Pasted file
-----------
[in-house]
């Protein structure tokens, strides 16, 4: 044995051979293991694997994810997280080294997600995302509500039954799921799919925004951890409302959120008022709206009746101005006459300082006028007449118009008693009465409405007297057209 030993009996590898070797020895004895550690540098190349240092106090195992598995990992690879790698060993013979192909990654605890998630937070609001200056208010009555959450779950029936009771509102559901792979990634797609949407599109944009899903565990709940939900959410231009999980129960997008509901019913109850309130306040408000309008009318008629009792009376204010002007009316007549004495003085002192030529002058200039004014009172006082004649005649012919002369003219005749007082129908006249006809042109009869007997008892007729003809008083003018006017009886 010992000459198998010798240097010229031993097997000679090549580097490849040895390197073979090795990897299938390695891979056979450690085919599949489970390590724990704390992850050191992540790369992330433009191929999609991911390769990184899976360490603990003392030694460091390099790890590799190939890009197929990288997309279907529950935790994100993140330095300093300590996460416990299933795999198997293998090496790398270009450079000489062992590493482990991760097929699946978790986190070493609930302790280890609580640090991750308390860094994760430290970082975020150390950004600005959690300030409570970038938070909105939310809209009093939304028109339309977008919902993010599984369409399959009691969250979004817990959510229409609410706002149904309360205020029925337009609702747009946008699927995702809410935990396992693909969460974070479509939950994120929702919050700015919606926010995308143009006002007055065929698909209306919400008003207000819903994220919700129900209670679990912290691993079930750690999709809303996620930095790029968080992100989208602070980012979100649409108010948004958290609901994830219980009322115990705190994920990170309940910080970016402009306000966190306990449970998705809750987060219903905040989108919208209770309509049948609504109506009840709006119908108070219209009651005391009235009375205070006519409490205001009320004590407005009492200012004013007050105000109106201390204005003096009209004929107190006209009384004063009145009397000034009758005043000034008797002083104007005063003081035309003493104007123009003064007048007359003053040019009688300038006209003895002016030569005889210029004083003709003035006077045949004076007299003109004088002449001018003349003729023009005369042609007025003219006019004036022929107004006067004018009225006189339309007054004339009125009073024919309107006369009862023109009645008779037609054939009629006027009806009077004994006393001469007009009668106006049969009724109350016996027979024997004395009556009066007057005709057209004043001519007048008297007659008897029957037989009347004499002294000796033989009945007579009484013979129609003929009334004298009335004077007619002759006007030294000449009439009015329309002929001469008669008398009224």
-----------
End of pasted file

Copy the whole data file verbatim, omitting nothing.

[in-house]
């Protein structure tokens, strides 16, 4: 044995051979293991694997994810997280080294997600995302509500039954799921799919925004951890409302959120008022709206009746101005006459300082006028007449118009008693009465409405007297057209 030993009996590898070797020895004895550690540098190349240092106090195992598995990992690879790698060993013979192909990654605890998630937070609001200056208010009555959450779950029936009771509102559901792979990634797609949407599109944009899903565990709940939900959410231009999980129960997008509901019913109850309130306040408000309008009318008629009792009376204010002007009316007549004495003085002192030529002058200039004014009172006082004649005649012919002369003219005749007082129908006249006809042109009869007997008892007729003809008083003018006017009886 010992000459198998010798240097010229031993097997000679090549580097490849040895390197073979090795990897299938390695891979056979450690085919599949489970390590724990704390992850050191992540790369992330433009191929999609991911390769990184899976360490603990003392030694460091390099790890590799190939890009197929990288997309279907529950935790994100993140330095300093300590996460416990299933795999198997293998090496790398270009450079000489062992590493482990991760097929699946978790986190070493609930302790280890609580640090991750308390860094994760430290970082975020150390950004600005959690300030409570970038938070909105939310809209009093939304028109339309977008919902993010599984369409399959009691969250979004817990959510229409609410706002149904309360205020029925337009609702747009946008699927995702809410935990396992693909969460974070479509939950994120929702919050700015919606926010995308143009006002007055065929698909209306919400008003207000819903994220919700129900209670679990912290691993079930750690999709809303996620930095790029968080992100989208602070980012979100649409108010948004958290609901994830219980009322115990705190994920990170309940910080970016402009306000966190306990449970998705809750987060219903905040989108919208209770309509049948609504109506009840709006119908108070219209009651005391009235009375205070006519409490205001009320004590407005009492200012004013007050105000109106201390204005003096009209004929107190006209009384004063009145009397000034009758005043000034008797002083104007005063003081035309003493104007123009003064007048007359003053040019009688300038006209003895002016030569005889210029004083003709003035006077045949004076007299003109004088002449001018003349003729023009005369042609007025003219006019004036022929107004006067004018009225006189339309007054004339009125009073024919309107006369009862023109009645008779037609054939009629006027009806009077004994006393001469007009009668106006049969009724109350016996027979024997004395009556009066007057005709057209004043001519007048008297007659008897029957037989009347004499002294000796033989009945007579009484013979129609003929009334004298009335004077007619002759006007030294000449009439009015329309002929001469008669008398009224």